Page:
Music Review: Down From His Glory

Down From His Glory

August has finally arrived.  It’s currently 87° outside.  Before the end of the day, the high should reach 100° with a heat index of 115°.  While most of us are sick of this insane heat, it’s time to do the only sensible thing:  crank up the AC and begin listening to Christmas music.  Rehearsals for Christmas are scheduled to begin in mid-October, so I need to do some listening and make a few decisions.  Here are my thoughts on the first musical I’m considering — Down From His Glory by Mike Speck (orchestrated by Lari Goss).

This cantata is definitely a possibility for my situation for a couple of reasons.  I love that it includes both adult and children’s choirs and has plenty of opportunities to feature soloists.  The range is great for most church choirs — the sopranos rarely sing above the staff — and many of those notes are either optional or are doubled in another voice.  The orchestration is richly textured without being overly schmaltzy.

The song choices provide something for everyone.  Classic Christmas songs are featured — including an effective arrangement of O Holy Night without the high Bb in the middle of a carol medley –as well as standard hymns.  For the Southern gospel lover, Light of the Stable and It’s the Messiah are sure to please while He Loved Us More and The Story That Never Grows Old will fit the bill for the main-stream.  Personally, I am most excited about the inclusion of simplified arrangements of classical works associated with the holiday.  Who can resist the charm of Pat-a-Pan and the majesty of Handel’s For Unto Us a Child is Born?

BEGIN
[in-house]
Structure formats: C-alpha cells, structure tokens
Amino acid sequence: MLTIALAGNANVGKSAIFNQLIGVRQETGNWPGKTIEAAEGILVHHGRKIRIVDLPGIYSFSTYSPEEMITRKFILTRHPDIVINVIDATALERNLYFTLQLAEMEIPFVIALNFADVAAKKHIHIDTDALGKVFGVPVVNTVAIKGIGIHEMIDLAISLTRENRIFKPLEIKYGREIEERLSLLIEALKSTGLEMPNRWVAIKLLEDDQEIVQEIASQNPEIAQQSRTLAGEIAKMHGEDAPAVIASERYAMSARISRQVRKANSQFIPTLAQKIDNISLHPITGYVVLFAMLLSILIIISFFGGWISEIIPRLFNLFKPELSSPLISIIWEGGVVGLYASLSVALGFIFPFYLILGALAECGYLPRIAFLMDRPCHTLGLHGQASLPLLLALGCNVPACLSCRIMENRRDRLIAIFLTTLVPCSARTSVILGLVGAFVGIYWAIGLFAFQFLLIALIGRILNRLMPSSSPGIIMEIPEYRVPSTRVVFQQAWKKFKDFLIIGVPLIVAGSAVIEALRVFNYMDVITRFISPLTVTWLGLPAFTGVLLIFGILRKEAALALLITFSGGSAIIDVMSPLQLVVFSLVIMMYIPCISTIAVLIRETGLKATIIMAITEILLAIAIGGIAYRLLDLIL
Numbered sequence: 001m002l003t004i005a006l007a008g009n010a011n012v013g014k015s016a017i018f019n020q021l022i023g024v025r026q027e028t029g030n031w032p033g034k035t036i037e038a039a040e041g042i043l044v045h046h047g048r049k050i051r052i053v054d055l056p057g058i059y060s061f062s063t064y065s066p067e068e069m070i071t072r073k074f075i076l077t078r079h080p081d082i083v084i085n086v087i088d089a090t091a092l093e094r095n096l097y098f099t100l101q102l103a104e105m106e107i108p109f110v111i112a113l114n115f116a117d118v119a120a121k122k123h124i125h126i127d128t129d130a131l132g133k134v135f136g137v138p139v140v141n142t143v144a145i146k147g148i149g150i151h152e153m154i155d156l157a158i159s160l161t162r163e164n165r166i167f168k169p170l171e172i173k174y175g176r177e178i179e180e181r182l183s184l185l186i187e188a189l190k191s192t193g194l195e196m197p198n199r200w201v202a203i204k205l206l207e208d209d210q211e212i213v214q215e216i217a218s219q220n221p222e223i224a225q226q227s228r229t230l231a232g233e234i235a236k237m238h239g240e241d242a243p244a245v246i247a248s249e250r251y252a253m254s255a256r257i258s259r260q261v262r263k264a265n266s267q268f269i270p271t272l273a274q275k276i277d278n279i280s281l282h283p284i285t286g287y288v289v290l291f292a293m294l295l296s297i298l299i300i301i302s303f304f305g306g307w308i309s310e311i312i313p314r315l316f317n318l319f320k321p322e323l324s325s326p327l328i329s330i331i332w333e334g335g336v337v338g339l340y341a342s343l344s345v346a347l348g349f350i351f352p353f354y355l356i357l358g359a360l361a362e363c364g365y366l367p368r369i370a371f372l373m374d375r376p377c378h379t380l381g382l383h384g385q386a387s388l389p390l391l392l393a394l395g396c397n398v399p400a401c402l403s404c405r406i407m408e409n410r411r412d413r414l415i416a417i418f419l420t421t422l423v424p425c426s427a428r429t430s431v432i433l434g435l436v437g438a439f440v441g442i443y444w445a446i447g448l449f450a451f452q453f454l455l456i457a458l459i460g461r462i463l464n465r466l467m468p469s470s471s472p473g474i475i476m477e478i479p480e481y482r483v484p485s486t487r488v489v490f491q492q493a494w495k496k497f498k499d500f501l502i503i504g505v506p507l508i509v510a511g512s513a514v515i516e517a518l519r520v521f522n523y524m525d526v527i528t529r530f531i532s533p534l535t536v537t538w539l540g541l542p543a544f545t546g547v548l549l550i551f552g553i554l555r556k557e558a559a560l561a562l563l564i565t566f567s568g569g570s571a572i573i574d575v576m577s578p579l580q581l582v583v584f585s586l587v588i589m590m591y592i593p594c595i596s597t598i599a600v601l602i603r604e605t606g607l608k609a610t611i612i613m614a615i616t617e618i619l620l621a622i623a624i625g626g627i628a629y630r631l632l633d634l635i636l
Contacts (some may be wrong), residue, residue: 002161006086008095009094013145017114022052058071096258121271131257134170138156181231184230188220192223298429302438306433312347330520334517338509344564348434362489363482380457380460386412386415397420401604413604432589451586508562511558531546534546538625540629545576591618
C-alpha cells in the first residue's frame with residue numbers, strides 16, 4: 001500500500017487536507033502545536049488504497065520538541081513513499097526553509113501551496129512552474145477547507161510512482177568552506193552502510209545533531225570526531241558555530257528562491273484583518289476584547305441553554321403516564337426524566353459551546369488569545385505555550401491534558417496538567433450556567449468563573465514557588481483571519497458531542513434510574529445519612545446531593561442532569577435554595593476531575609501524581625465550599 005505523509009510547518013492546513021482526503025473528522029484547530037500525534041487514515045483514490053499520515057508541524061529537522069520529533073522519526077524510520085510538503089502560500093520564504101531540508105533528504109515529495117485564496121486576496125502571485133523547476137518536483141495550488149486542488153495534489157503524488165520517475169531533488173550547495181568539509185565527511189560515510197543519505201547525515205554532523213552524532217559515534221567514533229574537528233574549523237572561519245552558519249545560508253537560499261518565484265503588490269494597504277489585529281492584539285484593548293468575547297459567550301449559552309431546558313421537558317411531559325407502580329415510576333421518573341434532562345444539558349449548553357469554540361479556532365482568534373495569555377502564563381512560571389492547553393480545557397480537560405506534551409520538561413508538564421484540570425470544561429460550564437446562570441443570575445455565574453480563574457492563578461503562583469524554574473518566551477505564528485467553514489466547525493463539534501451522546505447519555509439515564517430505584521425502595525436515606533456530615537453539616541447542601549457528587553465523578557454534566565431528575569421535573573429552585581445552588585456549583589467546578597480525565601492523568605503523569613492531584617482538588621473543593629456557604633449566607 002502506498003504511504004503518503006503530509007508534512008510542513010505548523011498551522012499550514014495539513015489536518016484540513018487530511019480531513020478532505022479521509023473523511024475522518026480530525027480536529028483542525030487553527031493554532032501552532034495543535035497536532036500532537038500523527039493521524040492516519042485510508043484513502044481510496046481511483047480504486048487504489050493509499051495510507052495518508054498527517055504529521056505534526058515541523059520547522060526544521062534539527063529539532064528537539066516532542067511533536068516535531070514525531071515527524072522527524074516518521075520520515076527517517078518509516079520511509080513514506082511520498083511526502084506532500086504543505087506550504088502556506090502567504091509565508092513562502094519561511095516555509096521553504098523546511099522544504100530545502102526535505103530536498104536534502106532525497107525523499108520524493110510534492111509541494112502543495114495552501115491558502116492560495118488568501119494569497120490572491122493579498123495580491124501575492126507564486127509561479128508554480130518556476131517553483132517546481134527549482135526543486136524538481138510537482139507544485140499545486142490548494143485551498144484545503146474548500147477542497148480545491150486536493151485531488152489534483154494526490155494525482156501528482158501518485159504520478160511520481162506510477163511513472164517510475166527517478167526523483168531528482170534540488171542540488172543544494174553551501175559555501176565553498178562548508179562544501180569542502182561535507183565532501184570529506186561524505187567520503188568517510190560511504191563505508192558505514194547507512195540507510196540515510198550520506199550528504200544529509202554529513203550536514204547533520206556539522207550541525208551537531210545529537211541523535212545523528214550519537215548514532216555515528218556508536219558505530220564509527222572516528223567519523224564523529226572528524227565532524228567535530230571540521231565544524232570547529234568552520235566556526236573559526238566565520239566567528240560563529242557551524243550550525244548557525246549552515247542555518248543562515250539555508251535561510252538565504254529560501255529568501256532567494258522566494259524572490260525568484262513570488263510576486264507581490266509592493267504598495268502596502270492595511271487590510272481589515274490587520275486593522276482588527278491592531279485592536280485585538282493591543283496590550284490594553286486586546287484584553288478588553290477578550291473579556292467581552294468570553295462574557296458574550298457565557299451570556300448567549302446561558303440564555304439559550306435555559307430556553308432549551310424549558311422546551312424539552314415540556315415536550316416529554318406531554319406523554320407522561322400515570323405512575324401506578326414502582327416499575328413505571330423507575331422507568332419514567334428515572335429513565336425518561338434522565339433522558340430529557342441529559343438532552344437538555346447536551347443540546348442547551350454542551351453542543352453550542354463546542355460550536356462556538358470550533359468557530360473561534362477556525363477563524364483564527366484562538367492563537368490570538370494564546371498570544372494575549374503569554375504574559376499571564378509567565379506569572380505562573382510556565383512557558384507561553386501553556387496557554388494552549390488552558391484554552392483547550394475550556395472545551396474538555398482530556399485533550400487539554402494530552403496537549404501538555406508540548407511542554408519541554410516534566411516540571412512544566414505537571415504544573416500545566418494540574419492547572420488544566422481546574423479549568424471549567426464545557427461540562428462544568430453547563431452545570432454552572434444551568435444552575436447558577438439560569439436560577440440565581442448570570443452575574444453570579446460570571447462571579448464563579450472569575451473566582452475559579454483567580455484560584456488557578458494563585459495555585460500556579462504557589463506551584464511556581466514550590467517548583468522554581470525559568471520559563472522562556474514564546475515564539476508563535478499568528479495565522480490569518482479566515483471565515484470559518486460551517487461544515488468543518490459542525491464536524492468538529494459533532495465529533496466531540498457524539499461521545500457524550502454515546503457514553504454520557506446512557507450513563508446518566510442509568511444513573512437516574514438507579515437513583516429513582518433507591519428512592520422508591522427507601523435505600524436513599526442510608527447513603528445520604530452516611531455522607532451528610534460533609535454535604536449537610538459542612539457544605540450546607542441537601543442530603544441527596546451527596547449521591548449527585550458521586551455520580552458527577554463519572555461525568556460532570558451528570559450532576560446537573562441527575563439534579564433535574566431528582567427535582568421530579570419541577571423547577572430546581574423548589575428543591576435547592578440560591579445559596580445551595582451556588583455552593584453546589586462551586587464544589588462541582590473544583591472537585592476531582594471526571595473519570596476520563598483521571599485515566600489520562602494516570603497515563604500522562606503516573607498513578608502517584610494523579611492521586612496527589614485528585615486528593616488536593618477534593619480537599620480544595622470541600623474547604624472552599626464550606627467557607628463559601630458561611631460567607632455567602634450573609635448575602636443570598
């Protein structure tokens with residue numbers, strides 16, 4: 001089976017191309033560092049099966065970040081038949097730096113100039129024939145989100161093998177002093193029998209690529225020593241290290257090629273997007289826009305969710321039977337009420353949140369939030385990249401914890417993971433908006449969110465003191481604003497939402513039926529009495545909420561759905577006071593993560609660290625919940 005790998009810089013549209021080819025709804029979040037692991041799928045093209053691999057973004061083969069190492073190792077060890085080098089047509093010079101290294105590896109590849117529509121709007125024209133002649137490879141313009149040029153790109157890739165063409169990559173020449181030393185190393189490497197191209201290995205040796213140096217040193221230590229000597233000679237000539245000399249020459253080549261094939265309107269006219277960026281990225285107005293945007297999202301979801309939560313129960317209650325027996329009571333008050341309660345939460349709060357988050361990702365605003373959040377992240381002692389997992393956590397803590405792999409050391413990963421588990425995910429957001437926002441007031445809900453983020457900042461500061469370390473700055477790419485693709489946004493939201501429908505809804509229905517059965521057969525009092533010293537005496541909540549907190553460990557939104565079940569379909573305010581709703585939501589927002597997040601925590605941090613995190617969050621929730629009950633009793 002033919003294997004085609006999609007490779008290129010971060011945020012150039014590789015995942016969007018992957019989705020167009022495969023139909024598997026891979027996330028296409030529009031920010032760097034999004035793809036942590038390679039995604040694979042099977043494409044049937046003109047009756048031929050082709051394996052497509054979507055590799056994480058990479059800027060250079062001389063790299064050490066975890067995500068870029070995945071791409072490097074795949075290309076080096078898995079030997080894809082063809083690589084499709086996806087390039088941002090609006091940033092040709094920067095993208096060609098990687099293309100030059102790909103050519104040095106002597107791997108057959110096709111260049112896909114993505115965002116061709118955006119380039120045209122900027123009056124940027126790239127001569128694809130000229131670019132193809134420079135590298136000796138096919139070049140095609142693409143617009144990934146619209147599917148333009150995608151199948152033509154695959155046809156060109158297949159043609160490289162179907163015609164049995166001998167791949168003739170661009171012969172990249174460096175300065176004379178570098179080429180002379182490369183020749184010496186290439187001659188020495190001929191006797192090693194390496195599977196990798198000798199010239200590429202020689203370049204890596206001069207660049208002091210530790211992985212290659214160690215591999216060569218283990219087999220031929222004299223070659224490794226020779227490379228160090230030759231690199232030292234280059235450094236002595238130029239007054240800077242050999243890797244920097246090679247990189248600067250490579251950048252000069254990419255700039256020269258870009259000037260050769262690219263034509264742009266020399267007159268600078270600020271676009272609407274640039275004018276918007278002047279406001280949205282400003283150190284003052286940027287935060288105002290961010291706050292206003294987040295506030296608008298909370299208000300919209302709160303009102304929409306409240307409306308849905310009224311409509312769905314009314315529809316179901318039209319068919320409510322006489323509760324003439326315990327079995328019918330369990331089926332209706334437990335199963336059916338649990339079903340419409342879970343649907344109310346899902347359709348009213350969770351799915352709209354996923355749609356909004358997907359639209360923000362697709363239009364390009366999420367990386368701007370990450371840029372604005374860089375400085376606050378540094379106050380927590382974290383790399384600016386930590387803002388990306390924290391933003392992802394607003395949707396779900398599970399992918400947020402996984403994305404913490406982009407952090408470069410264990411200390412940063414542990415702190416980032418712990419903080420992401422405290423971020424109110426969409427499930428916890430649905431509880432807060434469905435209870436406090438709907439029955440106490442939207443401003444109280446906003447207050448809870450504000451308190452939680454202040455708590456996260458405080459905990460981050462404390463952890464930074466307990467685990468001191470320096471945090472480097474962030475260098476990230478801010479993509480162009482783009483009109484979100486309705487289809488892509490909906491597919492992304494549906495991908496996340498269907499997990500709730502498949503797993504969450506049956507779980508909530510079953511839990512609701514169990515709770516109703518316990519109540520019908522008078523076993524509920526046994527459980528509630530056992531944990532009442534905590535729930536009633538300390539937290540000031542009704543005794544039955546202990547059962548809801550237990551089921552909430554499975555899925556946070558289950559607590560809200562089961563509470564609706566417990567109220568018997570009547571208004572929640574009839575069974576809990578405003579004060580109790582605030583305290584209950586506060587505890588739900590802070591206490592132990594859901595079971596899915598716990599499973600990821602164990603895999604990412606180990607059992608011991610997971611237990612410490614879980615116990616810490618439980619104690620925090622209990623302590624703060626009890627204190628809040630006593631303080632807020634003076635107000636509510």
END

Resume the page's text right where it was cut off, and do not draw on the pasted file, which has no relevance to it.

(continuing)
So no one thinks I have found the perfect option immediately, I must point out some of my concerns.  The first issue you encounter is the overture.  Quite plainly….IT’S LONG!!!!  50 measures to be exact before the choir’s initial entrance.  Without a sanctuary orchestra, this demands that some type of pageantry accompany it.  That’s just something else that has be fit into an already crazy rehearsal schedule.

When the choir finally sings, they introduce the title song of the cantata.  While I love the words and music of the hymn, Down From His Glory is not quite the attention-grabbing opening that I hope for.  After all, this is the centerpiece performance of the year for many church choirs.  I need something to get my singers energized to sing early on Sunday morning and to keep my audience engaged.

On the whole, the cantata feels just a little too long.  At nearly 51 minutes, I am already looking for things to cut.  The narration becomes a bit labored at times.  It tells a beautiful story though, so I’m not sure that’s the place to cut.  When I start looking at the music, the weakest piece in my opinion is the opening song.  As expected, the hymn reappears in the finale, so cutting the first number seems very awkward.  What to do?  What to do?

All things considered, the cantata earns 4 out of 5 stars in my book.  The music is wonderfully arranged, it just feels a little long and as though it doesn’t quite build to a satisfying climax as I wish it did.  Guess that means I’m heading back to the listening station to continue my search. Down From His Glory is definitely not out of the running for this year’s Christmas celebration, but there is certainly space for another work to take its place.

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  • Andrea M  On October 25, 2012 at 6:35 AM

    My church is singing this cantata this year (2012) for Christmas. Its now October and still hot outside in Texas, but we are singing Christmas music! I love it!

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